Forest City – George E. Maxey, of this place, and George W. Maxey, Esq., of Scranton, are opening a mine between Eynon and Archbald, in Lackawanna county. ALSO Cassius M. Harding, of Herrick Center, came to Forest City Tuesday. He walked the entire distance, both coming and going, a feat that few younger men would perform “Cash” is an old lumberman and doesn’t mind a little thing like rough weather.


West Auburn – Emma Thornton was quite seriously injured while coasting on the James hill by striking her head against a telephone pole. Boys and girls, it is a dangerous time to coast. At Auburn Four Corners they are having fine sleighing, the roads are just like a plank road. ALSO Action has been commenced against the school directors of this township by A.M. Maxwell, John F. Kernan, Lewis Lott, G.W. Grow, and others, to secure transportation for their children of school age to the centralized school in that township. They allege in their petition, which is signed by 57 voters of that district, that there is no schoolhouse in their school district, nor within one and one-half miles. The district schools have been closed and the directors have refused to sub-divide the district to accommodate them, they further allege. The directors are G.B. Filkins, Clark Davis, Andrew Mericle, Frank Carter and P. H. Benninger.


Ararat – Rev. G. G. Stanton met with quite a loss, recently, while on his way to Elkdale. At the foot of Arnold Hill his horse was taken sick and died.


Alford – Six carloads of army shoes, from factories at Lestershire [now Johnson City], passed through here Wednesday night, their destination being London, England. Each car contained 7200 pairs, making a total of 42,000 pairs of shoes in the entire shipment.


Montrose – William M. Post observed his ninetieth birthday anniversary on Wednesday and in observance of the culmination of nine decades made a trip to Binghamton. We have grown so accustomed to “Uncle William’s” activities that there seems nothing unusual about a man of his years going about the country on business and pleasure trips, but it is unusual when one pauses to think of it. To all outward appearances he is as active as he was twenty years ago, and this is not stretching the truth for effect. Few men possess his mental and physical faculties even at seventy years. [William was the son of David Post who, with his brother Isaac, and stepfather, Bartlett Hinds, were the first settlers of Montrose].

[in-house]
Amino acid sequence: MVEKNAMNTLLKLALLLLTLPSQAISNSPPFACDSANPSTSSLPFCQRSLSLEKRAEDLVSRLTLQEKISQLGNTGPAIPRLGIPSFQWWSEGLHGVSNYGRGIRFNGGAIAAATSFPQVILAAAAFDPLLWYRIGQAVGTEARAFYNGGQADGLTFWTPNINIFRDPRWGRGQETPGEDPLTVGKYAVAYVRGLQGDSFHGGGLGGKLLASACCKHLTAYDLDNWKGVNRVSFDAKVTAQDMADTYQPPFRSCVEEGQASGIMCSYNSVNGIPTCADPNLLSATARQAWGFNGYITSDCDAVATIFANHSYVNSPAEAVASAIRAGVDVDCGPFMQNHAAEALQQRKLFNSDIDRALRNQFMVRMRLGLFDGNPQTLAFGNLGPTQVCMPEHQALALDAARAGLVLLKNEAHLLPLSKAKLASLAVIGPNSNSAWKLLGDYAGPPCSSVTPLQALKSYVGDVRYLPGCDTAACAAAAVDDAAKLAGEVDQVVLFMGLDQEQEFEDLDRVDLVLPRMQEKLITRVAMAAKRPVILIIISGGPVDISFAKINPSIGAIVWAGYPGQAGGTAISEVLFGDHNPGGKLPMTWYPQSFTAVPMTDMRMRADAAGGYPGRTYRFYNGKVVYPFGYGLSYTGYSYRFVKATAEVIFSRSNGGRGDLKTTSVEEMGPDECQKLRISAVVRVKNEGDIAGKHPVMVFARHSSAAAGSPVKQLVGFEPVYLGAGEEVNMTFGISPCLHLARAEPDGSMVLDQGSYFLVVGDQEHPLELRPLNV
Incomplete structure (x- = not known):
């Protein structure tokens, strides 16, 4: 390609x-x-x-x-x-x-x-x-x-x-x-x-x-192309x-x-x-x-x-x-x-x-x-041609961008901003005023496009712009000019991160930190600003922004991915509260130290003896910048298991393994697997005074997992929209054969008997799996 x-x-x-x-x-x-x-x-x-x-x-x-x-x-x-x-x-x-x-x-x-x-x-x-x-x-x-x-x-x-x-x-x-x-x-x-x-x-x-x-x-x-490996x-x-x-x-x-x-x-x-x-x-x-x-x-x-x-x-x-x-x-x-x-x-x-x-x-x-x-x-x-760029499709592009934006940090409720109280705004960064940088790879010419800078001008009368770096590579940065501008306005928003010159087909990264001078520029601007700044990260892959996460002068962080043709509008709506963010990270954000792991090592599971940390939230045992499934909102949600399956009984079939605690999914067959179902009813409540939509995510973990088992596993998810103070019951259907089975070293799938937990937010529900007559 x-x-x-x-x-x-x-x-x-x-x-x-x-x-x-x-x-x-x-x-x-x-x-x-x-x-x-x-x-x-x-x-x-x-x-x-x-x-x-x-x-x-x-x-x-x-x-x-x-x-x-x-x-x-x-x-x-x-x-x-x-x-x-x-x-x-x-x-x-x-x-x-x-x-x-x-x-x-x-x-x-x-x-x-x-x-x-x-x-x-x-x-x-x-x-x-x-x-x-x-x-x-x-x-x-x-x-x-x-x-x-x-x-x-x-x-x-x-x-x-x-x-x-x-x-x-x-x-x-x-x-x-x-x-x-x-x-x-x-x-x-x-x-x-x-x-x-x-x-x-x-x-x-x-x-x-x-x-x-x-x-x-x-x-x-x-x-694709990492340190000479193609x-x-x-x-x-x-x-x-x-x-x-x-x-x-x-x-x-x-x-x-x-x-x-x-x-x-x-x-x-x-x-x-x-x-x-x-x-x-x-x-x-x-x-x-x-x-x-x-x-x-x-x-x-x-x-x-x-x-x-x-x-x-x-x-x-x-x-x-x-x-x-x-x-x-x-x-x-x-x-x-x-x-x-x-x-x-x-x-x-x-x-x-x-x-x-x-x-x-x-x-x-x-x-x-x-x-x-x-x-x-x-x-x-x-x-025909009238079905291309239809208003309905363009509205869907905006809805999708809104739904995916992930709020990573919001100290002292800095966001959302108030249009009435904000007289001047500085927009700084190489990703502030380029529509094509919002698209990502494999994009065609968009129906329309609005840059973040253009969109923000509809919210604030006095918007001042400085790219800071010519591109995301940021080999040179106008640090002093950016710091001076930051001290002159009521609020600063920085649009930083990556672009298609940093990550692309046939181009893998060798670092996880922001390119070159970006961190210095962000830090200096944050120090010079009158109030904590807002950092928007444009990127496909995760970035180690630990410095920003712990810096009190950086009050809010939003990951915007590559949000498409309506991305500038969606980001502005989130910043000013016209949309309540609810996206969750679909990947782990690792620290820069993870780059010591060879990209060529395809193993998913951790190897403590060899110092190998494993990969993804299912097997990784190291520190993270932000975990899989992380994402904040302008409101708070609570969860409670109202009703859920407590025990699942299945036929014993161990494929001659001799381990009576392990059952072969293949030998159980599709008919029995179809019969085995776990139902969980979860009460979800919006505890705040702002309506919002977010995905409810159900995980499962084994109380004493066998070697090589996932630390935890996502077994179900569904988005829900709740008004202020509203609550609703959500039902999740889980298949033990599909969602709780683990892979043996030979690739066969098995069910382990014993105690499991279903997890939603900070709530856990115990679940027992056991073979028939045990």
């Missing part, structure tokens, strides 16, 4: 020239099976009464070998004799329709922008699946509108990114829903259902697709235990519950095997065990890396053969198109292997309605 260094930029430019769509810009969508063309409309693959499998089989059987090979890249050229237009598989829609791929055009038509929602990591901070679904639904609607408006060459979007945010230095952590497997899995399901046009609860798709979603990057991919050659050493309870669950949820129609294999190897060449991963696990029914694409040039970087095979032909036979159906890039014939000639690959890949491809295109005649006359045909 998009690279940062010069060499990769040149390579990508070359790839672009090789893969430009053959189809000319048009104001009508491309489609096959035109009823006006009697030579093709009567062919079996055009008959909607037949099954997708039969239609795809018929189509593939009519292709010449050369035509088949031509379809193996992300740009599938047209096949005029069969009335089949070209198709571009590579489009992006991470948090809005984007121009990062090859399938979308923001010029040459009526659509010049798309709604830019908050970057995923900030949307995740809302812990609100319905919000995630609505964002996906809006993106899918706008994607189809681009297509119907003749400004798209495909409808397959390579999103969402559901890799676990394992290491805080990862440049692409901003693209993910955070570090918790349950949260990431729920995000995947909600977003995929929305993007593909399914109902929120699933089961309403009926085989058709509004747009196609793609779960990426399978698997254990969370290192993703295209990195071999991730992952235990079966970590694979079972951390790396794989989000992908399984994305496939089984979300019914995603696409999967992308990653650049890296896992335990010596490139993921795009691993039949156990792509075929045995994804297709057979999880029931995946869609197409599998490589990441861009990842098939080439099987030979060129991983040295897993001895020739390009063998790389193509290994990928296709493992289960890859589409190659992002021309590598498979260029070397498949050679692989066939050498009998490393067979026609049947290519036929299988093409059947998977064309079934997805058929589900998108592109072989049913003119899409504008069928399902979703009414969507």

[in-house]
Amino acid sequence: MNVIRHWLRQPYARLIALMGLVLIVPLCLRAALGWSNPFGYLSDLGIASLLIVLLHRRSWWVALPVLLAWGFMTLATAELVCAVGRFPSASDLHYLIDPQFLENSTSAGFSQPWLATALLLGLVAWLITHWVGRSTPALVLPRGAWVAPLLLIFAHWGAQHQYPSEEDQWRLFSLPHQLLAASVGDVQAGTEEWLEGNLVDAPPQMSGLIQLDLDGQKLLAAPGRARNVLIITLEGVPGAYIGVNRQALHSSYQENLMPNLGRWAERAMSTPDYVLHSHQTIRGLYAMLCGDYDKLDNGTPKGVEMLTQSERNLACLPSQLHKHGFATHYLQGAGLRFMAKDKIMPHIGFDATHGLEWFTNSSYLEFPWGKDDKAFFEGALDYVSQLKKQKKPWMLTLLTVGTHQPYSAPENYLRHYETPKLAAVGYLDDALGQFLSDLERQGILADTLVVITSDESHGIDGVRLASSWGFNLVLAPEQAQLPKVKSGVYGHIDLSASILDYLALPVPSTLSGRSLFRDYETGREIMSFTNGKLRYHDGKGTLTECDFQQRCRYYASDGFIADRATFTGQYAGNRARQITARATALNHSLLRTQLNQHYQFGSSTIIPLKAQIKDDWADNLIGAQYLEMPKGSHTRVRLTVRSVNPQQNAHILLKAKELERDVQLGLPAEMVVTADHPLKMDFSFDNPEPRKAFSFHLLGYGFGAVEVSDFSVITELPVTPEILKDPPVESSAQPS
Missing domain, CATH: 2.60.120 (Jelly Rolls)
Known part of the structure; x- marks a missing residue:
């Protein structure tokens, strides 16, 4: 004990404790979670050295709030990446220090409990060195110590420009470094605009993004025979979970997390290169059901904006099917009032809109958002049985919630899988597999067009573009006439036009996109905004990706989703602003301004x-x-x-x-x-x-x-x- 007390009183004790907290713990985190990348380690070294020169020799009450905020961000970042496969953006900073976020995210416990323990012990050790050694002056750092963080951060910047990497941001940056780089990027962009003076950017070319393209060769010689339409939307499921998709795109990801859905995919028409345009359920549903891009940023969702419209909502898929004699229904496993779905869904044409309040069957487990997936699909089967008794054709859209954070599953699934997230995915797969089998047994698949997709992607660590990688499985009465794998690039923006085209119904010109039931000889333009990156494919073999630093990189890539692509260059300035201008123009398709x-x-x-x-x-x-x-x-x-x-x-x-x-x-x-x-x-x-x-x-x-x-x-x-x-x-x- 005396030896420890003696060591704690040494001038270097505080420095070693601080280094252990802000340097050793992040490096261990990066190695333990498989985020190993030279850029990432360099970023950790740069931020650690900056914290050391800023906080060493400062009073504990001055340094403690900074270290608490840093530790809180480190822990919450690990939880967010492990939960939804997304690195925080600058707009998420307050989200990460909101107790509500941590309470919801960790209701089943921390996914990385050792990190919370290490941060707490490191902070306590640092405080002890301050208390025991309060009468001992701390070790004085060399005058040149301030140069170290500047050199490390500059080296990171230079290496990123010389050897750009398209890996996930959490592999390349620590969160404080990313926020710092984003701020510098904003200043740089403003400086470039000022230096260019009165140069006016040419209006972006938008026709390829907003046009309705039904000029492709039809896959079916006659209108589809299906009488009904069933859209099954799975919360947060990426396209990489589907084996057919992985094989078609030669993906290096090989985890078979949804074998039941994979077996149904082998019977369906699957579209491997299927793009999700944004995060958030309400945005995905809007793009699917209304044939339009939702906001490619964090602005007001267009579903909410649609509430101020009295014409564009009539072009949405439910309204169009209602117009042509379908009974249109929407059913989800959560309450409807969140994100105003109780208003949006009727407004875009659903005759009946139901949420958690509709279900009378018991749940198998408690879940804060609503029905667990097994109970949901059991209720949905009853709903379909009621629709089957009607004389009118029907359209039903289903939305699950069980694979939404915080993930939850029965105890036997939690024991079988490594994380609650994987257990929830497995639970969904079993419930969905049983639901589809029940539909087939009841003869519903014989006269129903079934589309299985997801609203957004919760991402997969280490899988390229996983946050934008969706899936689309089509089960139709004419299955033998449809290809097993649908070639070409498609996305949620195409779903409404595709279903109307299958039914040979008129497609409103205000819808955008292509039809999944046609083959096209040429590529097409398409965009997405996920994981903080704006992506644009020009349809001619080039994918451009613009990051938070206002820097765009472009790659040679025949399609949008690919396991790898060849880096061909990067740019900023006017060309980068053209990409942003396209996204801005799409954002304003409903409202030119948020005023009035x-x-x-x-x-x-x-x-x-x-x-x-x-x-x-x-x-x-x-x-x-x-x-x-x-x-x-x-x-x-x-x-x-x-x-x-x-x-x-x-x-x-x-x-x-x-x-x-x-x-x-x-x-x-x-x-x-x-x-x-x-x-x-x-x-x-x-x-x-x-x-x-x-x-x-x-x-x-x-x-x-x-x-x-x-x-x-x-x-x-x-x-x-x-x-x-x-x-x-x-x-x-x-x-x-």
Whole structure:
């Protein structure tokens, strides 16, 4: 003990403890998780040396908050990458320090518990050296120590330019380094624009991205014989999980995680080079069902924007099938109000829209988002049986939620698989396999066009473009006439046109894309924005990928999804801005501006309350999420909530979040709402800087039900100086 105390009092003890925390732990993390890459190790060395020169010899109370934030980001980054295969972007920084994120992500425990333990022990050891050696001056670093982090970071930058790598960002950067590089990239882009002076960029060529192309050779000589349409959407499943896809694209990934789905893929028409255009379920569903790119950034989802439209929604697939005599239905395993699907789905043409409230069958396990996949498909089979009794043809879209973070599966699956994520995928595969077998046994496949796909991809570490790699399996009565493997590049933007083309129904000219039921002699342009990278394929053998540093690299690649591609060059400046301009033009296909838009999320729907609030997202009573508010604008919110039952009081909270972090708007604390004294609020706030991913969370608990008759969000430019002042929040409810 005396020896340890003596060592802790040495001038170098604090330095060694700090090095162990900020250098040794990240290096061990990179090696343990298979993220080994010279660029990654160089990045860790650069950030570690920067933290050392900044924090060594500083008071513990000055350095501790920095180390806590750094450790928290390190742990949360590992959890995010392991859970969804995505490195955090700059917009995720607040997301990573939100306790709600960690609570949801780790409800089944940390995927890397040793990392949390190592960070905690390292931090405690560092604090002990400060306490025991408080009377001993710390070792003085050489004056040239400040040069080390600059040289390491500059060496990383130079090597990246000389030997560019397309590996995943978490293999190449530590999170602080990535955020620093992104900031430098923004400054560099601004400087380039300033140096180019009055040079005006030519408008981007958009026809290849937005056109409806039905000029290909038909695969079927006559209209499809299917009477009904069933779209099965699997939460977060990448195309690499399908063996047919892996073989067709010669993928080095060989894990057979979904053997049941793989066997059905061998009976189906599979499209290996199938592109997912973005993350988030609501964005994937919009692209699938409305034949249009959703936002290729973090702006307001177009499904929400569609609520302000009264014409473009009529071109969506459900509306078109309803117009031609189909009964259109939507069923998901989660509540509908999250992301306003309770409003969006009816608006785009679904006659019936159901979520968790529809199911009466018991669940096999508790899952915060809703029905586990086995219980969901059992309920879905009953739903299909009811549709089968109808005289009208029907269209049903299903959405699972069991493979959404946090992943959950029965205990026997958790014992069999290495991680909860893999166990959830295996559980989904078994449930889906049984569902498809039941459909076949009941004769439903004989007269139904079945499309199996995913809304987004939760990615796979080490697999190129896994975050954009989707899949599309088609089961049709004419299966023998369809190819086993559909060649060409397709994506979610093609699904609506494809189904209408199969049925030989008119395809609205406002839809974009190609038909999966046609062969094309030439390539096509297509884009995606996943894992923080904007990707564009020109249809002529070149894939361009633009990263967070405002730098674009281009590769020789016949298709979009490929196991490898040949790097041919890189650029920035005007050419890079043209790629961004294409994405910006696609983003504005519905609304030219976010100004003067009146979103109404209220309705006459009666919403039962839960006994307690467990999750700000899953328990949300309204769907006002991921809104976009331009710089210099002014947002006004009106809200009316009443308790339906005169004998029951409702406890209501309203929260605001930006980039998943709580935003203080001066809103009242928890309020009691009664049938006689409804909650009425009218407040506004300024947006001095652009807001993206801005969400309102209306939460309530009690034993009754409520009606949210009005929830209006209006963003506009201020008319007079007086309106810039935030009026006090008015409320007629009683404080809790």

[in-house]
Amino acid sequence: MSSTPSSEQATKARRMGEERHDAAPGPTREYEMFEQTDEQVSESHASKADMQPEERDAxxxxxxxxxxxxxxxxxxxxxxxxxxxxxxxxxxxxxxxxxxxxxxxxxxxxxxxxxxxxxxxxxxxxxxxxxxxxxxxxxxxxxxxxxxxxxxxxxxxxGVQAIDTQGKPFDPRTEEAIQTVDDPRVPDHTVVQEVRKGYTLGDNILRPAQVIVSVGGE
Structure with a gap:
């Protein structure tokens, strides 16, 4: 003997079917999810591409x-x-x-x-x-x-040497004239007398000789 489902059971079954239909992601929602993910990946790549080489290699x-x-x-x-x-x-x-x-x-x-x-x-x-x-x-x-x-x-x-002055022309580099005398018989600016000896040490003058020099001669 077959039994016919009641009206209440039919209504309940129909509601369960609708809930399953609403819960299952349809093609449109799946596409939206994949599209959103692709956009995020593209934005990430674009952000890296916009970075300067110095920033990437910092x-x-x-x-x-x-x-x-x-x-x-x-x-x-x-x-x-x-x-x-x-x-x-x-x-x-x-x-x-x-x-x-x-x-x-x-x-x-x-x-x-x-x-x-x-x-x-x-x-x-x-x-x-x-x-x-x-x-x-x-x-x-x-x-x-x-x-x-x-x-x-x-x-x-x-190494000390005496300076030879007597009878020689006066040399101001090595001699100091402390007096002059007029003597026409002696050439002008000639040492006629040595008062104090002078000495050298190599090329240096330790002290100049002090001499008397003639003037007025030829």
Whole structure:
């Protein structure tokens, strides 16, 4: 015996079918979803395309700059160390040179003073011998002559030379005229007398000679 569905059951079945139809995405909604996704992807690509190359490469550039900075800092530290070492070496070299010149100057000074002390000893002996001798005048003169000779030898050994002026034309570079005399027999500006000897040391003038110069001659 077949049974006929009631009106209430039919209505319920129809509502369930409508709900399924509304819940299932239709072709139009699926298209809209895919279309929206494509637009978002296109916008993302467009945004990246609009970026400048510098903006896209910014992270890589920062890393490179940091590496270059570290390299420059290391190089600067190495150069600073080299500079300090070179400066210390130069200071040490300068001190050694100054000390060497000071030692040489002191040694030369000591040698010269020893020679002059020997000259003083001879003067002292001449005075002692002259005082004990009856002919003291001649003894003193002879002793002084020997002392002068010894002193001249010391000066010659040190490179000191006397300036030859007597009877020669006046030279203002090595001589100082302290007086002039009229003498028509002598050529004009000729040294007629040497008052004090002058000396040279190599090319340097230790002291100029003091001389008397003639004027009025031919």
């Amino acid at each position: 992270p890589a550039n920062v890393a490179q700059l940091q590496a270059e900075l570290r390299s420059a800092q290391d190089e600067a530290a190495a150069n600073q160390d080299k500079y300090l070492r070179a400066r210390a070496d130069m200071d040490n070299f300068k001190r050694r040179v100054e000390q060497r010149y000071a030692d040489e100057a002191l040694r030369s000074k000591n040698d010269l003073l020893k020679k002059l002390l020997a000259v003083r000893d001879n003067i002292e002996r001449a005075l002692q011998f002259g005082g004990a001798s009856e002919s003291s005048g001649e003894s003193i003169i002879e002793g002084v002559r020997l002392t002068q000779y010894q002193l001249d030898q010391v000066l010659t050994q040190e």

Fair Hill, Forest Lake Twp. – School is closed this week on account of whooping cough, also the school at Forest Lake.


Dimock – The bell for the M. E. church has arrived and will soon be placed in position. ALSO The sale of household goods at the Dolan House was largely attended on Saturday last.

Recent Posts

See All

January 02 1920

Montrose – Seven prisoners escaped from County Jail early Christmas night. They managed to affect their escape and all but one, the youngest, were recaptured. Chance led the last man to get through th

December 26 1919

Susquehanna – Daniel Smith, of Lanesboro, a switchman in the Susquehanna Railroad yards, was instantly killed by passenger train No. 5, Dec. 20, 1919. He had been in the switchmen’s shanty getting war

December 19 1919

Herrick Twp. – Gardner Lee, son of Mr. and Mrs. Nathaniel G. Lee, near Tirzah, accidentally shot himself and passed away almost instantly. He had been out hunting and came to the school house at Dart’